New York — Southwest Power Pool set four renewable records March 29, including wind penetration surpassing 80% for the first time in SPP history, as the surge in renewables caused wholesale power prices to plunge into negative territory.
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SPP wind penetration set a record of 81.85% at 4:33am CT March 29 and caused renewable penetration to reach a record of 84.2%, according to SPP. In addition, SPP wind generation set a peak record of 21.133 GW at 7:35am CT March 29 and caused renewable generation to reach a peak record of 22.685 GW. In addition to wind, renewables included hydro and waste.
"We expect this trend to continue as we see more and more renewables come online," SPP spokeswoman Meghan Sever said March 30. "With the continued growth of renewable generation in SPP's footprint and our proven ability to reliability integrate it, we will continue to set subsequent records. We are confident in our ability to use these resources to reliably meet the needs of the bulk electric system."
SPP has more than 78 GW of renewables in its generator interconnection queue, and in 2020 was the first RTO in the US to serve the majority of its load with wind at 32% of the total fuel mix, Sever added.
SPP is on pace to continue that trend in 2021 as wind output has averaged 36% of the SPP fuel mix so far this year, an increase from 32.7% during the same timeframe in 2020, according to SPP data. For comparison, coal-fired generation has averaged 35% of the total fuel mix year to date, up from 27.5% a year ago, while natural gas-fired generation has averaged 19% in 2021, down from 27.8% last year.
So far in March, SPP wind output has averaged 47.6%, a jump of 21 percentage points month on month and an increase of 13 percentage points year on year, according to SPP data.
The rise in wind generation has shrunk gas generation to what appears to be must-run levels over several periods during March at times of strong wind output, said Giuliano Bordignon, S&P Global Platts gas and power analyst.
"A further decline in loads anticipated for April versus March this year will continue this trend if wind output remains supported," Bordignon said. "Our current outlook assumes wind output at 13.3 GW in April, with the month-on-month increase largely offset by lower coal dispatch, in turn raising the risk of negative power prices."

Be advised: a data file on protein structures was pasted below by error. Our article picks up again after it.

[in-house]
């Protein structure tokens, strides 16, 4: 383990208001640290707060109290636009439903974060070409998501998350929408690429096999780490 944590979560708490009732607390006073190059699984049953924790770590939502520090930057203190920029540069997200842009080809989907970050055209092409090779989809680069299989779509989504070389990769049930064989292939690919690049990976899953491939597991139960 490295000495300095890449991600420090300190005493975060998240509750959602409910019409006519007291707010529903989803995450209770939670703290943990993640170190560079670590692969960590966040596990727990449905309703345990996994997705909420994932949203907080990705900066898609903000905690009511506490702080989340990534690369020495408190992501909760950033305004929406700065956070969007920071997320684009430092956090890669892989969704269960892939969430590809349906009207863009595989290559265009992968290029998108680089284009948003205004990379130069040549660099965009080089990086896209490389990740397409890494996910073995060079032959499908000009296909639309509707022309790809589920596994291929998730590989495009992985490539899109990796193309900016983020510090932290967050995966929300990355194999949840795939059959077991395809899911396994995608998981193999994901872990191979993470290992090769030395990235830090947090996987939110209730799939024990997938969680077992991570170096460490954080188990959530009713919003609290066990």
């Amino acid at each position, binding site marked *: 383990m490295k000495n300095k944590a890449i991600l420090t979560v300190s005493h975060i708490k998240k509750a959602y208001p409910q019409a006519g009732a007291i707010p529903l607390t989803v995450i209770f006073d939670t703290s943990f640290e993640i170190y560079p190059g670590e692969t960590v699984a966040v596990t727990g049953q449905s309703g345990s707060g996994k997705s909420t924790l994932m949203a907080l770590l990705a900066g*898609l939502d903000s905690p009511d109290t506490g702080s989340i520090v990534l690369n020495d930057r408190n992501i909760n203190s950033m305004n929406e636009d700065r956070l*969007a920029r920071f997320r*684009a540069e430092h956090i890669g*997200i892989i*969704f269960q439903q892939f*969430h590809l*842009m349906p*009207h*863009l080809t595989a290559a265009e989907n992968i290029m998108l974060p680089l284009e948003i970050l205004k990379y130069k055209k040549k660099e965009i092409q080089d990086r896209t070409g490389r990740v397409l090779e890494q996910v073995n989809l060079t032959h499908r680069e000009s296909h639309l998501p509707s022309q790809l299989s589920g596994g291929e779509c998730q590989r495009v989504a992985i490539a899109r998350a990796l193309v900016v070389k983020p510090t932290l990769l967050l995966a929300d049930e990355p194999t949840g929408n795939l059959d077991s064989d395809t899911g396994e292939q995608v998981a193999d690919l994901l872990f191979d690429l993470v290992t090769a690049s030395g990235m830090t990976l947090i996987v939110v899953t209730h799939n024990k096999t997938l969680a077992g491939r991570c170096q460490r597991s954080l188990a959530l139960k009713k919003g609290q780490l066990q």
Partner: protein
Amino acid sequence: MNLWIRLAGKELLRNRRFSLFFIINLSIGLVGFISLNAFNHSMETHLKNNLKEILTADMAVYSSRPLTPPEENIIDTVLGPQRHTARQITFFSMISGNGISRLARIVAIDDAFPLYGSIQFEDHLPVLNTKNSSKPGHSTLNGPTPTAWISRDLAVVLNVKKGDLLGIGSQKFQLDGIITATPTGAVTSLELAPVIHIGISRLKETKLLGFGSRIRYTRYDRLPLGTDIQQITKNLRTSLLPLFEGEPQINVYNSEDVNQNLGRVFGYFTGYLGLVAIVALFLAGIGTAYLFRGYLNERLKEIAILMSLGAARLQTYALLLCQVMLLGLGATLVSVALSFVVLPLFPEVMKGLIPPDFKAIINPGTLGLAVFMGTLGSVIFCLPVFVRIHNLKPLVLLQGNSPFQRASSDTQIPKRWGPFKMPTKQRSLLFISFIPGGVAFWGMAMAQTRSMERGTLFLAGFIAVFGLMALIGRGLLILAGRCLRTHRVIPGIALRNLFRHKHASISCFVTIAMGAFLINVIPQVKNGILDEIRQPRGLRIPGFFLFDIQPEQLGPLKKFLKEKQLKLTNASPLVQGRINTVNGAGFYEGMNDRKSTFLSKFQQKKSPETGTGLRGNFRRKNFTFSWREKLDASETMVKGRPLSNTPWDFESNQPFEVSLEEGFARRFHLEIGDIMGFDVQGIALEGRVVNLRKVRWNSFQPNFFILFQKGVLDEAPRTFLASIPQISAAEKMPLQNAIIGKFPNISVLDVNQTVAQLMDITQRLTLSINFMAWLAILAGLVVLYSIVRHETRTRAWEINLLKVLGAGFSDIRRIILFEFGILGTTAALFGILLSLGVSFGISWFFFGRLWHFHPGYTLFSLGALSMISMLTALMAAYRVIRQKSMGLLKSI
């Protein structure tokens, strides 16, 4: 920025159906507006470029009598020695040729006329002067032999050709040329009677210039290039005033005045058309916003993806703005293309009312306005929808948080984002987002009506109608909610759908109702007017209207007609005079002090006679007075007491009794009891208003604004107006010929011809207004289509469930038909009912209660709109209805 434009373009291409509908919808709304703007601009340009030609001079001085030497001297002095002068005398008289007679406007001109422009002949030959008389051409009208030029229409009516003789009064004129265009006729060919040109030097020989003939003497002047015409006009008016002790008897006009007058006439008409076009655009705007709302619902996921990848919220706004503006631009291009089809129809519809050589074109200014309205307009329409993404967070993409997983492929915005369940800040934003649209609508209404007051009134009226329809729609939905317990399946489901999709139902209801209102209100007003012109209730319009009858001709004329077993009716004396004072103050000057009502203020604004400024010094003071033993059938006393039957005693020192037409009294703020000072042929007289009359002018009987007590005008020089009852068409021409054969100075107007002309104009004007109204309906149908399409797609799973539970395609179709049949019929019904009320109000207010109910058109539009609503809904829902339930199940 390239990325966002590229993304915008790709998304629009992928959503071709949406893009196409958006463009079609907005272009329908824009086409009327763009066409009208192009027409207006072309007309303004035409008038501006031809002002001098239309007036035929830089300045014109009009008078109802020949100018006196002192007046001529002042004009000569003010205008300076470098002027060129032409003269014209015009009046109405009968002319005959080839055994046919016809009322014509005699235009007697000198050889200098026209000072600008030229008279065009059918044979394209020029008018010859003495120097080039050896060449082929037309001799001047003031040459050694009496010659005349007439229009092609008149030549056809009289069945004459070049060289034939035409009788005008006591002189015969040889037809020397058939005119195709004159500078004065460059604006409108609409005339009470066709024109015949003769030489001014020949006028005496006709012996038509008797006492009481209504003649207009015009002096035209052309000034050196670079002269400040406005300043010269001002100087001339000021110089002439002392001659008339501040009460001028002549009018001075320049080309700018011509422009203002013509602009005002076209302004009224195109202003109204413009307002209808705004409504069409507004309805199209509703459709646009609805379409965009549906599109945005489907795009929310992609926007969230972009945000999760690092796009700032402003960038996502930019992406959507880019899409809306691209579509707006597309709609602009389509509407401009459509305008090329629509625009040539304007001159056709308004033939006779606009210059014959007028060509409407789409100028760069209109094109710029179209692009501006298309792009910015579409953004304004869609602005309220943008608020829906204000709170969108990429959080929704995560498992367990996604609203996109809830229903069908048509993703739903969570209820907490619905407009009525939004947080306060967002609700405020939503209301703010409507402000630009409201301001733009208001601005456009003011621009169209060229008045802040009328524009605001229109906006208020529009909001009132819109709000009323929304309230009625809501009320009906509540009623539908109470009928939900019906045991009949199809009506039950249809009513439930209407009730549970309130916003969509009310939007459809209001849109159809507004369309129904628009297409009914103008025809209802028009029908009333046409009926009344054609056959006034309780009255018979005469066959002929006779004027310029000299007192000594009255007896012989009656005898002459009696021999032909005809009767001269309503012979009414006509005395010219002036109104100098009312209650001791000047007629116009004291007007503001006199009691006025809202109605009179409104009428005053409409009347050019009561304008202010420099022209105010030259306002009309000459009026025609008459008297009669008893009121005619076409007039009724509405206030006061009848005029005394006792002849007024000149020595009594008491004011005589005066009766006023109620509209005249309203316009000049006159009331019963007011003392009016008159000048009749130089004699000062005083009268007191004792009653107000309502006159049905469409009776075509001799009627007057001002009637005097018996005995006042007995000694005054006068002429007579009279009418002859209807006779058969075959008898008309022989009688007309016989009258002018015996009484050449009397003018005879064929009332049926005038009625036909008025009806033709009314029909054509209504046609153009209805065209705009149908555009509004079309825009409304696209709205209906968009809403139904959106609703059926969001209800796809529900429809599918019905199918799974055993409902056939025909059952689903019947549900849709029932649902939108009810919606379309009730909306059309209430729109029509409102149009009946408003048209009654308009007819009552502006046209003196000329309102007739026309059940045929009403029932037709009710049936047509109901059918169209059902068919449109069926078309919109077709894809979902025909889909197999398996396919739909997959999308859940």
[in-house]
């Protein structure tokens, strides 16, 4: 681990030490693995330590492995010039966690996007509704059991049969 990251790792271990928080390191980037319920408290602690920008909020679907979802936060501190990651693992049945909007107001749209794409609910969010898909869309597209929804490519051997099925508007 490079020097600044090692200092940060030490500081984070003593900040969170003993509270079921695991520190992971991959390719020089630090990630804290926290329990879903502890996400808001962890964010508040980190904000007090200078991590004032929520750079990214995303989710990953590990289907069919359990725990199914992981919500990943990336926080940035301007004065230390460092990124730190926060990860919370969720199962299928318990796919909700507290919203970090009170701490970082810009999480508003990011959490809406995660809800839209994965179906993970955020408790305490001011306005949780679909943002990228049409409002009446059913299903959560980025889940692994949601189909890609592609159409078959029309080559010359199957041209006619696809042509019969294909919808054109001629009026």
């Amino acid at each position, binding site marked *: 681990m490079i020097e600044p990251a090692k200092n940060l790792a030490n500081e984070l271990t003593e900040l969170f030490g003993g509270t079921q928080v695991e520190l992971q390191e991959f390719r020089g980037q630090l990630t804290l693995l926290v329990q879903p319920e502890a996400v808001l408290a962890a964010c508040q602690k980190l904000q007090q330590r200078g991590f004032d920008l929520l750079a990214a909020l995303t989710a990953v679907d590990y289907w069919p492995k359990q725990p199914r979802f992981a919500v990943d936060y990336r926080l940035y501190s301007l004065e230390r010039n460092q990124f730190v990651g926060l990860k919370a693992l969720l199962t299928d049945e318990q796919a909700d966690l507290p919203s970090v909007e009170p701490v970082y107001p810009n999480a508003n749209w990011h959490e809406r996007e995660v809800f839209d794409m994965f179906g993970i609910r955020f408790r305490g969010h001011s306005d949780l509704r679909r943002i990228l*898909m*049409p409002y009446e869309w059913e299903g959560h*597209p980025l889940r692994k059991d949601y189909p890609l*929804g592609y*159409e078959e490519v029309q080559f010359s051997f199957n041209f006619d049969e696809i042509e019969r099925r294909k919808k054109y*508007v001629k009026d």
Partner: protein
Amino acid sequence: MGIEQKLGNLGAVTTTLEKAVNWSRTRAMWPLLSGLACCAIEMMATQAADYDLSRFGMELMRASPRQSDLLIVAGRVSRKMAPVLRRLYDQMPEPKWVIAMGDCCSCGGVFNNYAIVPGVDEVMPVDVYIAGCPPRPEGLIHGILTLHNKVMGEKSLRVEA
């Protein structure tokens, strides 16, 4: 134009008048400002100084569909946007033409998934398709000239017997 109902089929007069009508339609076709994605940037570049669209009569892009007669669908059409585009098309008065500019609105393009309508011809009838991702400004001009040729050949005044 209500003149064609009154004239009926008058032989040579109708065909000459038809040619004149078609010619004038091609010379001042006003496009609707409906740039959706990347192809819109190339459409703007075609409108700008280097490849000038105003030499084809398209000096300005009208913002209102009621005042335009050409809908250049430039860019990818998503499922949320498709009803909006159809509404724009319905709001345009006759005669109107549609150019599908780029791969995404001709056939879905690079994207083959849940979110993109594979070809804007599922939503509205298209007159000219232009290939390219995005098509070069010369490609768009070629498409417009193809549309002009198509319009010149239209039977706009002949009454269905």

Loads to be served as seasonally low in March and April, which raises the share of the load covered by wind, in turn lifting the percentage of time wind is on the margin, Giuliano said.
Turning to the Platts Renewable Penetration Indexes, SPP off-peak wind penetration jumped to 68% of the total fuel mix on March 29, the strongest level since Platts began publishing the RPI in December 2020. The corresponding on-peak also reached record high levels at 68.5%. Month-to-date off-peak wind penetration rose to nearly 50% with on-peak to about 44%, up from February's averages of 28% and 24%, respectively.
The rise in cheaper renewable generation has caused power prices to plunge.
SPP North Hub on-peak day-ahead locational marginal prices dropped to minus $6.21/MWh for March 29, as off-peak day-ahead LMP sank to minus $14.68/MWh, according to SPP data. South Hub off-peak day-ahead LMP fell to minus $10.29/MWh. Although prices rebounded March 30, they were under $1/MWh for North Hub on-peak and South Hub off-peak, while North Hub off-peak remained negative.
North Hub off-peak day-ahead LMP has averaged about $4.25/MWh so far in March, an increase of 52% year on year, while South Hub off-peak has averaged about $5/MWh, 36% lower, according to SPP data. The change in on-peak was more subtle, with North Hub on-peak day-ahead LMP averaging about $16.50/MWh so far this month, less than 1% lower year on year, while South Hub has averaged around $18.75/MWh, nearly 1% higher.
In contrast, SPP set record high prices around $4,000/MWh last month as a winter storm blasted much of the nation.
"Risks of negative prices are increasing in the months ahead, not necessarily in the summer but over shoulder months and in the winter when wind output is typically stronger, underpinned by wind capacity that has increased by 3.4 GW in 2020 based on our capacity tracker - a level higher than that of the past 3 years - and as we expect another 3.6 GW of additions this year," Giuliano said.
The previous wind peak record was 20.108 GW reached Feb. 4, the same day the previous renewable peak record of 21.446 GW was reached.